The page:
How to bring Jewish flavors to the table at Thanksgiving

How do we invite Judaism to the Thanksgiving table?  That’s a concept I’ve been giving a lot of thought to lately, researching prayers, practices and commentary to make the holiday more of a home ritual observance beyond friends, family and football without losing its all-inclusive, American nature.

One idea is giving the food a bit of a Jewish twist, which is what I’ve done with the recipes below.

The Pumpkin Hummus with Za’atar Drizzle is a versatile appetizer with Middle Eastern and New World flavors. It is quick and easy to put together.

Make the Challah “Stuffing” Kugel with Fresh Herbs in a shallow baking dish for lots of crusty bits, or a deeper dish for lots of succulent ones. Either way, it’s a savory way to serve dressing on Thanksgiving. If the fresh herbs are not available, substitute about a third of the amount of dried, ground sage and thyme.


Pumpkin Hummus with Za’atar Drizzle

Makes 8 appetizer servings

7 or 8 oz. container of unflavored hummus

1 cup canned or fresh pumpkin puree (do not use canned pumpkin pie filling)

2 Tbs. za’atar seasoning mix (or use 5 tsp. ground oregano, 1⁄4 tsp. of cumin and 1 tsp. sesame seeds)

1⁄4 cup olive oil

6 to 8 flatbreads or pita breads

Mix hummus with pumpkin puree. In a separate bowl, combine za’atar with olive oil and stir well. Heat flatbreads or pitas in dry fry pan or griddle until warm and toasted.

Serve either as a topped flatbread or dip. To serve as a flatbread, spread the pumpkin hummus on the bread, drizzle with za’atar mix and cut into triangles.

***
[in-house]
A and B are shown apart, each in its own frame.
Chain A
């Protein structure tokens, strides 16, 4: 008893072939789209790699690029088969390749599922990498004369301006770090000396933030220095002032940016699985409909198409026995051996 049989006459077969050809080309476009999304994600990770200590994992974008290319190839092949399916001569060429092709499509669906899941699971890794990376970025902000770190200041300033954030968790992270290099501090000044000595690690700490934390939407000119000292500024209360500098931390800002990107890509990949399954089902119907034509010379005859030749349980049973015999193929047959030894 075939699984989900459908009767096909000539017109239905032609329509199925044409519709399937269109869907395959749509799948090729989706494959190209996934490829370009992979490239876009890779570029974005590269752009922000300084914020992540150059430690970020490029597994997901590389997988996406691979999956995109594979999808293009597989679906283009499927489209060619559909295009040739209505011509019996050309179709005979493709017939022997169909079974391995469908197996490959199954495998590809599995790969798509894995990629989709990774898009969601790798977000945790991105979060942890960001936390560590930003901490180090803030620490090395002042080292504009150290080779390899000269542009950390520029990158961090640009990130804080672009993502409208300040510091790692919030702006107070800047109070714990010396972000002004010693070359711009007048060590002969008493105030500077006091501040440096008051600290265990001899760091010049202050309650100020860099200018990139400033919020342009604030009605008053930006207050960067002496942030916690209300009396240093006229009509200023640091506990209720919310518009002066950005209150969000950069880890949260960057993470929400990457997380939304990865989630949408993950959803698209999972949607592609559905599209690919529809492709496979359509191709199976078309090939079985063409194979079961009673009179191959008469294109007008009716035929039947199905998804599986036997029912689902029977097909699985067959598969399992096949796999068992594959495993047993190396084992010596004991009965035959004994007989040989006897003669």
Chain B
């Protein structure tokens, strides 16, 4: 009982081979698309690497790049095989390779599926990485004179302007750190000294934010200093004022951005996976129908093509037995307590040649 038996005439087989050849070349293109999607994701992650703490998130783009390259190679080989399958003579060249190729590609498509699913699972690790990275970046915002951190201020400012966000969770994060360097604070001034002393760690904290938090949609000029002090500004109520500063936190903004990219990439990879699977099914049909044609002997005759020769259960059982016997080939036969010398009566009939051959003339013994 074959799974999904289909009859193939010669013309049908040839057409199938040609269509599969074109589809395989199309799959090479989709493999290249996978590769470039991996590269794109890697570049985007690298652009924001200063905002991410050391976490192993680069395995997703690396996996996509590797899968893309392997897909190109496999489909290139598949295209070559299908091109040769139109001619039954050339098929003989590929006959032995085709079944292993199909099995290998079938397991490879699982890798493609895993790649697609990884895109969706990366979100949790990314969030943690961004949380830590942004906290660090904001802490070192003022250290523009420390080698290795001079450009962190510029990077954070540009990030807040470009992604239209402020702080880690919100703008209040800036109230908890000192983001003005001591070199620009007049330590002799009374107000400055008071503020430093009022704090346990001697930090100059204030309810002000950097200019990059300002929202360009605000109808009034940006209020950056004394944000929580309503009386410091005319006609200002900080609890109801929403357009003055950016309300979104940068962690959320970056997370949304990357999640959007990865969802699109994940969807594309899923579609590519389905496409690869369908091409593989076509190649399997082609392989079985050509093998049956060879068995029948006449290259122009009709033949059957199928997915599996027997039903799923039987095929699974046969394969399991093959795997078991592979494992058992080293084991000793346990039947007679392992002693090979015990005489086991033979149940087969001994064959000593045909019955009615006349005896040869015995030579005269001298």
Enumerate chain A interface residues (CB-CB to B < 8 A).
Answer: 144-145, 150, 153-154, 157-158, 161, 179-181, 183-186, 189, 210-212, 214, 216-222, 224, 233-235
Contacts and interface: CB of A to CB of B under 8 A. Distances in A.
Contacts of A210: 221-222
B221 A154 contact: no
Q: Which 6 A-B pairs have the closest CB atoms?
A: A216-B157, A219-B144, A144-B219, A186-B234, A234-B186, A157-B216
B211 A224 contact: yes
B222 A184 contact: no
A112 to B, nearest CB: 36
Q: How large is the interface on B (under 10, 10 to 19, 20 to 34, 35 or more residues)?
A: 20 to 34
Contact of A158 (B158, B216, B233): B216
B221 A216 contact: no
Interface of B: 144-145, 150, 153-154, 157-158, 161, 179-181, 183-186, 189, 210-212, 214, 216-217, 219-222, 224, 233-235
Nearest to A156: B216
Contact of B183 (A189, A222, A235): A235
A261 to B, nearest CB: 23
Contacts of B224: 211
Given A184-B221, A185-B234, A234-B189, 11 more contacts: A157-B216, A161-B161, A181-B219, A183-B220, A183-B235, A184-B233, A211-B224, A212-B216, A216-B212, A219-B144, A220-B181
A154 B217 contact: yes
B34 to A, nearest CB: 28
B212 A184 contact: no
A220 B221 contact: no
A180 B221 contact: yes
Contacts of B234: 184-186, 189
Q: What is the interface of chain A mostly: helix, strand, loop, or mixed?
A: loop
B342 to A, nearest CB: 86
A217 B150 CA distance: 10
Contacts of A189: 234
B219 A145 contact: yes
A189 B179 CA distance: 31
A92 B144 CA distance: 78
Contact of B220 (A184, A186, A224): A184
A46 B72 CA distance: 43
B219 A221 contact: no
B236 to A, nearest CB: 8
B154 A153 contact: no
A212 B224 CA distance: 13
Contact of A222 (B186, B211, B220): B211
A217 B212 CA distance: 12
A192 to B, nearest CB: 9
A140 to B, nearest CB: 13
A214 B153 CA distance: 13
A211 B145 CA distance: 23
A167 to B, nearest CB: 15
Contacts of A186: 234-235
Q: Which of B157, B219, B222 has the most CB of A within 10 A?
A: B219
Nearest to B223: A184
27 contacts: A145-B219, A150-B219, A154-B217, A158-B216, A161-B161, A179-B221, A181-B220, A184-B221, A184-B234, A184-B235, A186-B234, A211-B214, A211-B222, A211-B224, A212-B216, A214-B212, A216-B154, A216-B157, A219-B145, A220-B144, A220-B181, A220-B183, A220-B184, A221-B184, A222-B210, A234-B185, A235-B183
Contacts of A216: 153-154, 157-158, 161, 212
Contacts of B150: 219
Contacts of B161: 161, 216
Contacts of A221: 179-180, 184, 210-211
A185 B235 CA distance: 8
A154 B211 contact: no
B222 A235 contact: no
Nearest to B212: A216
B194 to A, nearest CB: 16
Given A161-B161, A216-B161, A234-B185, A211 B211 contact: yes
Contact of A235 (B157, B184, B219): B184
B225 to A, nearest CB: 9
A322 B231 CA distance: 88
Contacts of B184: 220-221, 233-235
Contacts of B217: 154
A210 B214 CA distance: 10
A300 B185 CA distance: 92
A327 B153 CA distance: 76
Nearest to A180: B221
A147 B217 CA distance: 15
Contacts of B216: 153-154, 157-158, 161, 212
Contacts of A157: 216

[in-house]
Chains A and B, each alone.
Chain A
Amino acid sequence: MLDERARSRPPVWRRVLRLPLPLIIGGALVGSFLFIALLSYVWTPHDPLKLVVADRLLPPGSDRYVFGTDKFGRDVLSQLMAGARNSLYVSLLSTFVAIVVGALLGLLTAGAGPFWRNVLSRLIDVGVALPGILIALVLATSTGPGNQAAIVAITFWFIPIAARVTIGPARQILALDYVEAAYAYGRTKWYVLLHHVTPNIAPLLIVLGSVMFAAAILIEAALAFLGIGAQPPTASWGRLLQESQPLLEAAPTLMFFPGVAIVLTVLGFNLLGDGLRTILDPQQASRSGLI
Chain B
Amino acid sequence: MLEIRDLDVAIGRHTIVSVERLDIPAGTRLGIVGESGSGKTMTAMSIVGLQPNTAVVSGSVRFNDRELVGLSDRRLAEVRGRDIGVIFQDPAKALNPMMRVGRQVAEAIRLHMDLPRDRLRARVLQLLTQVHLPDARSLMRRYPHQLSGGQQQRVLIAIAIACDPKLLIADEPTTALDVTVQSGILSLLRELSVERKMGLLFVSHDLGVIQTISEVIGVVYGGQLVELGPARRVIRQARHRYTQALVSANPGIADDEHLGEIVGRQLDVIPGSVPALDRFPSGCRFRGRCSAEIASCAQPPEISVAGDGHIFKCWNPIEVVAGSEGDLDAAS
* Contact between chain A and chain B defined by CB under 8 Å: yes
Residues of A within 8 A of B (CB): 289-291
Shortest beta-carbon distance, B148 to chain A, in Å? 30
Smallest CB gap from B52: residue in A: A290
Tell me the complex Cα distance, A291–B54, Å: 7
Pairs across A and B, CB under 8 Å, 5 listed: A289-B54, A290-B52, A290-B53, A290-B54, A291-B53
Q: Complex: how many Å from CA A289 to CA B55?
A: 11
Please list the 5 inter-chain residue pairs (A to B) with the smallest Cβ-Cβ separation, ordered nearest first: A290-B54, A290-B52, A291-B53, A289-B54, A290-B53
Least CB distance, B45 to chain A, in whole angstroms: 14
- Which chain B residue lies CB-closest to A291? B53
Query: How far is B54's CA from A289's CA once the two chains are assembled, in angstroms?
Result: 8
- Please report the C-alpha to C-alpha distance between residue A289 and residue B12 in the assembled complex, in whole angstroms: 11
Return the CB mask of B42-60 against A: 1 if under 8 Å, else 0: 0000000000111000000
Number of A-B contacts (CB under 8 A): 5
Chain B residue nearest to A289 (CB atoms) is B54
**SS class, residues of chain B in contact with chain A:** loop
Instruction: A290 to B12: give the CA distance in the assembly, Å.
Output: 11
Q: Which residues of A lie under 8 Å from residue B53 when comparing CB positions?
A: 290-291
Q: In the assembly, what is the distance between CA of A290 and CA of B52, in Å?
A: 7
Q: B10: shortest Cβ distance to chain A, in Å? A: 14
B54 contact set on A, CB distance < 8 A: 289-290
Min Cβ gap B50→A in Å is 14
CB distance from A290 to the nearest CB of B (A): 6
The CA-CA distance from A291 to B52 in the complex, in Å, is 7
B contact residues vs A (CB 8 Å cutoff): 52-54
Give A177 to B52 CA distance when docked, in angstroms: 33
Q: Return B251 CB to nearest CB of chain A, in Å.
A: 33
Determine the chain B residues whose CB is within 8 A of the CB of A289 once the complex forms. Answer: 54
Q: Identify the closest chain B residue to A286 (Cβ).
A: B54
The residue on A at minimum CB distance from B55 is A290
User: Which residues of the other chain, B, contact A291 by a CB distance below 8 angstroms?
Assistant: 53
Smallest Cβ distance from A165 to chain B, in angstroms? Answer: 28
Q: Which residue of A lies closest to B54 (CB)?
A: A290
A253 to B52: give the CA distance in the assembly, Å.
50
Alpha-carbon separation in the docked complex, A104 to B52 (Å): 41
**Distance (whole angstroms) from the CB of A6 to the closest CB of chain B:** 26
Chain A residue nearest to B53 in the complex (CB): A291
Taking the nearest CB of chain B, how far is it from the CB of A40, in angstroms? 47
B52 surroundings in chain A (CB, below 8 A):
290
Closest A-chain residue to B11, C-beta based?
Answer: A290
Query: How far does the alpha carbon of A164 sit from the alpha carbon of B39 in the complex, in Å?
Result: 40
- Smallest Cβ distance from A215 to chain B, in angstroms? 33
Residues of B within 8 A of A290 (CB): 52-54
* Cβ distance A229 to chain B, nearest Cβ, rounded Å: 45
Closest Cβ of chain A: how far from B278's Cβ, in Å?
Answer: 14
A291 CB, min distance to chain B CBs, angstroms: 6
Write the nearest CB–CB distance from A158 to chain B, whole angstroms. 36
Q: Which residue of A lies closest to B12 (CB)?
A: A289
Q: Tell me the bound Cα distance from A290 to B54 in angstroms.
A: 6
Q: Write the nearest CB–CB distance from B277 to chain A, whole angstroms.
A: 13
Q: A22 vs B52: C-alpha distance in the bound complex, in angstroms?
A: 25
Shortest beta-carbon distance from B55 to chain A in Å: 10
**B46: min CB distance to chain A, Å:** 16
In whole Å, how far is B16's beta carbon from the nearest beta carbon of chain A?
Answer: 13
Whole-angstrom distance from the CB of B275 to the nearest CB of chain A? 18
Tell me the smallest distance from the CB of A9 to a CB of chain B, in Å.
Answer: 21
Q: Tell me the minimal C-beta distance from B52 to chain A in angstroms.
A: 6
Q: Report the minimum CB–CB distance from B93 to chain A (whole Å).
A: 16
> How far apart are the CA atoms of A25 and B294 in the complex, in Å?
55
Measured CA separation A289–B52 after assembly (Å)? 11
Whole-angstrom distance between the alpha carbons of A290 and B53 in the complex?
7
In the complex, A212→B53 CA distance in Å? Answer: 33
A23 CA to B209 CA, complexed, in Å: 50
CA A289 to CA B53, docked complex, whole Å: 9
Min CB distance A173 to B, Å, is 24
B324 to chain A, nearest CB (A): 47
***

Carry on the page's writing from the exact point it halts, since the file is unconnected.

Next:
To serve as a dip, stir half of the za’atar into the hummus until just combined and you can still see “streaks” of the herb oil mixture. Drizzle the remainder on top of the pumpkin hummus. Cut the warmed breads into triangles and serve with dip.


Challah “Stuffing” Kugel with Fresh Herbs

Serves 6 to 8

1 Tbs. plus 2 Tbs. oil

2 cups chopped onion

2 cloves of garlic, minced

1⁄2 cup chopped carrots (1⁄4-inch chunks)

1⁄2 cup chopped celery (1⁄4-inch chunks)

2 cups chopped mushrooms (1⁄4-inch chunks)

1/4 tsp. red pepper flakes

1/4 tsp. salt

1/2 tsp. ground black pepper

1 lb. turkey Italian sausage, removed from casings and crumbled

1 Tbs. minced fresh sage leaves

2 tsp. minced fresh thyme leaves

1 lb. challah, torn or cut into 1-inch pieces

4 cups chicken stock

4 eggs, beaten

1⁄2 tsp. paprika

Preheat oven to 350 degrees. Grease a large baking dish or casserole with

1 Tbs. oil. Put remaining oil in large pan, and when heated, add onions and garlic and sauté until softened. Add carrots, celery and mushrooms, sautéing until just softened. Add pepper flakes, salt and black pepper and stir well. Add crumbled sausage, stirring often to break up clumps until browned. Add minced sage and thyme. Sauté for a minute.

Remove from heat. Combine with challah in a large mixing bowl. Add chicken stock and eggs, mix well. Place in greased baking dish. Sprinkle top with

paprika. Bake for 50-60 minutes until top is brown and crusty and kugel is set. (Timing will vary depending on dimensions of baking dish.)

Faith Kramer is a Bay Area food writer. Her columns alternate with those of Louise Fiszer. She blogs at Contact her at [email protected]

Faith Kramer
Faith Kramer

Faith Kramer is a Bay Area food writer and the author of “52 Shabbats: Friday Night Dinners Inspired by a Global Jewish Kitchen.” Her website is Contact her at [email protected].